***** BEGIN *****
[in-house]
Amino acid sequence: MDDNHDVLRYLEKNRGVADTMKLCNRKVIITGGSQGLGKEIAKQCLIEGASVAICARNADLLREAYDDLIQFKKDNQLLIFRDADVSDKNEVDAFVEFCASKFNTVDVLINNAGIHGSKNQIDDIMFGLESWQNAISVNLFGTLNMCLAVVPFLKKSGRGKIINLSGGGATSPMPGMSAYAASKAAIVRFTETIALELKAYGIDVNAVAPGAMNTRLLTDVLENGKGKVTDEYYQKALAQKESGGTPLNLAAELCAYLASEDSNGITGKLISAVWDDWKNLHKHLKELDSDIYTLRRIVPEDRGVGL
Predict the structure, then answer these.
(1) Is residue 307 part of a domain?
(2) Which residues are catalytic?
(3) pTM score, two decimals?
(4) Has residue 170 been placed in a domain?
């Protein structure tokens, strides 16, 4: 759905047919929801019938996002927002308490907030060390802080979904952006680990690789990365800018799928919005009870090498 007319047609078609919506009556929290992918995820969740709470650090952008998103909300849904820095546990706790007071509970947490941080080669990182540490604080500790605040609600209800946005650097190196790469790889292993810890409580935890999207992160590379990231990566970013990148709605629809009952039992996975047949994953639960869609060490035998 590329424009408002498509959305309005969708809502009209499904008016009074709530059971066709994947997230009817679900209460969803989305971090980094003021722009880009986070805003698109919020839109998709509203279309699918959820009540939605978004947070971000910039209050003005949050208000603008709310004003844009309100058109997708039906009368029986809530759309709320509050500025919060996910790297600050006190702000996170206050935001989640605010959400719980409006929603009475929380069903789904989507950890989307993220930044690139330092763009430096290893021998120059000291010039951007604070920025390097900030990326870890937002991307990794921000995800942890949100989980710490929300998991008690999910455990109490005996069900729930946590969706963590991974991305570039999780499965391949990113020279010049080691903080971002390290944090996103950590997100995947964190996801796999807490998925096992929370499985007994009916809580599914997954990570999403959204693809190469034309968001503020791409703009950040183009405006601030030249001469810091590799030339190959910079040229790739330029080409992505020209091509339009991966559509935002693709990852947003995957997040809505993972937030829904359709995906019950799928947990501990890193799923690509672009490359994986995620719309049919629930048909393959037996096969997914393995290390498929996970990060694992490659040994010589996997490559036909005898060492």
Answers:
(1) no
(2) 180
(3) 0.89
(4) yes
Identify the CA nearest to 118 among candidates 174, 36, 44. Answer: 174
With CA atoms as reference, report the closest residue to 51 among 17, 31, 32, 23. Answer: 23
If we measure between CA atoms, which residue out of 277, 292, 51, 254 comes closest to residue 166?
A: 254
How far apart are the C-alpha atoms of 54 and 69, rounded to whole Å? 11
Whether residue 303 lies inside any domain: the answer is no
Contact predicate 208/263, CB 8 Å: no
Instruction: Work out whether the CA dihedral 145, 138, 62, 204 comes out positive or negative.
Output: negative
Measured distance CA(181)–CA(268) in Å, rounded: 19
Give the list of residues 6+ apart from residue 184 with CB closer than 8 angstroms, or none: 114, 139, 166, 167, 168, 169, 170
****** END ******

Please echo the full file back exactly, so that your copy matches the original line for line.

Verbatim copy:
[in-house]
Amino acid sequence: MDDNHDVLRYLEKNRGVADTMKLCNRKVIITGGSQGLGKEIAKQCLIEGASVAICARNADLLREAYDDLIQFKKDNQLLIFRDADVSDKNEVDAFVEFCASKFNTVDVLINNAGIHGSKNQIDDIMFGLESWQNAISVNLFGTLNMCLAVVPFLKKSGRGKIINLSGGGATSPMPGMSAYAASKAAIVRFTETIALELKAYGIDVNAVAPGAMNTRLLTDVLENGKGKVTDEYYQKALAQKESGGTPLNLAAELCAYLASEDSNGITGKLISAVWDDWKNLHKHLKELDSDIYTLRRIVPEDRGVGL
Predict the structure, then answer these.
(1) Is residue 307 part of a domain?
(2) Which residues are catalytic?
(3) pTM score, two decimals?
(4) Has residue 170 been placed in a domain?
């Protein structure tokens, strides 16, 4: 759905047919929801019938996002927002308490907030060390802080979904952006680990690789990365800018799928919005009870090498 007319047609078609919506009556929290992918995820969740709470650090952008998103909300849904820095546990706790007071509970947490941080080669990182540490604080500790605040609600209800946005650097190196790469790889292993810890409580935890999207992160590379990231990566970013990148709605629809009952039992996975047949994953639960869609060490035998 590329424009408002498509959305309005969708809502009209499904008016009074709530059971066709994947997230009817679900209460969803989305971090980094003021722009880009986070805003698109919020839109998709509203279309699918959820009540939605978004947070971000910039209050003005949050208000603008709310004003844009309100058109997708039906009368029986809530759309709320509050500025919060996910790297600050006190702000996170206050935001989640605010959400719980409006929603009475929380069903789904989507950890989307993220930044690139330092763009430096290893021998120059000291010039951007604070920025390097900030990326870890937002991307990794921000995800942890949100989980710490929300998991008690999910455990109490005996069900729930946590969706963590991974991305570039999780499965391949990113020279010049080691903080971002390290944090996103950590997100995947964190996801796999807490998925096992929370499985007994009916809580599914997954990570999403959204693809190469034309968001503020791409703009950040183009405006601030030249001469810091590799030339190959910079040229790739330029080409992505020209091509339009991966559509935002693709990852947003995957997040809505993972937030829904359709995906019950799928947990501990890193799923690509672009490359994986995620719309049919629930048909393959037996096969997914393995290390498929996970990060694992490659040994010589996997490559036909005898060492």
Answers:
(1) no
(2) 180
(3) 0.89
(4) yes
Identify the CA nearest to 118 among candidates 174, 36, 44. Answer: 174
With CA atoms as reference, report the closest residue to 51 among 17, 31, 32, 23. Answer: 23
If we measure between CA atoms, which residue out of 277, 292, 51, 254 comes closest to residue 166?
A: 254
How far apart are the C-alpha atoms of 54 and 69, rounded to whole Å? 11
Whether residue 303 lies inside any domain: the answer is no
Contact predicate 208/263, CB 8 Å: no
Instruction: Work out whether the CA dihedral 145, 138, 62, 204 comes out positive or negative.
Output: negative
Measured distance CA(181)–CA(268) in Å, rounded: 19
Give the list of residues 6+ apart from residue 184 with CB closer than 8 angstroms, or none: 114, 139, 166, 167, 168, 169, 170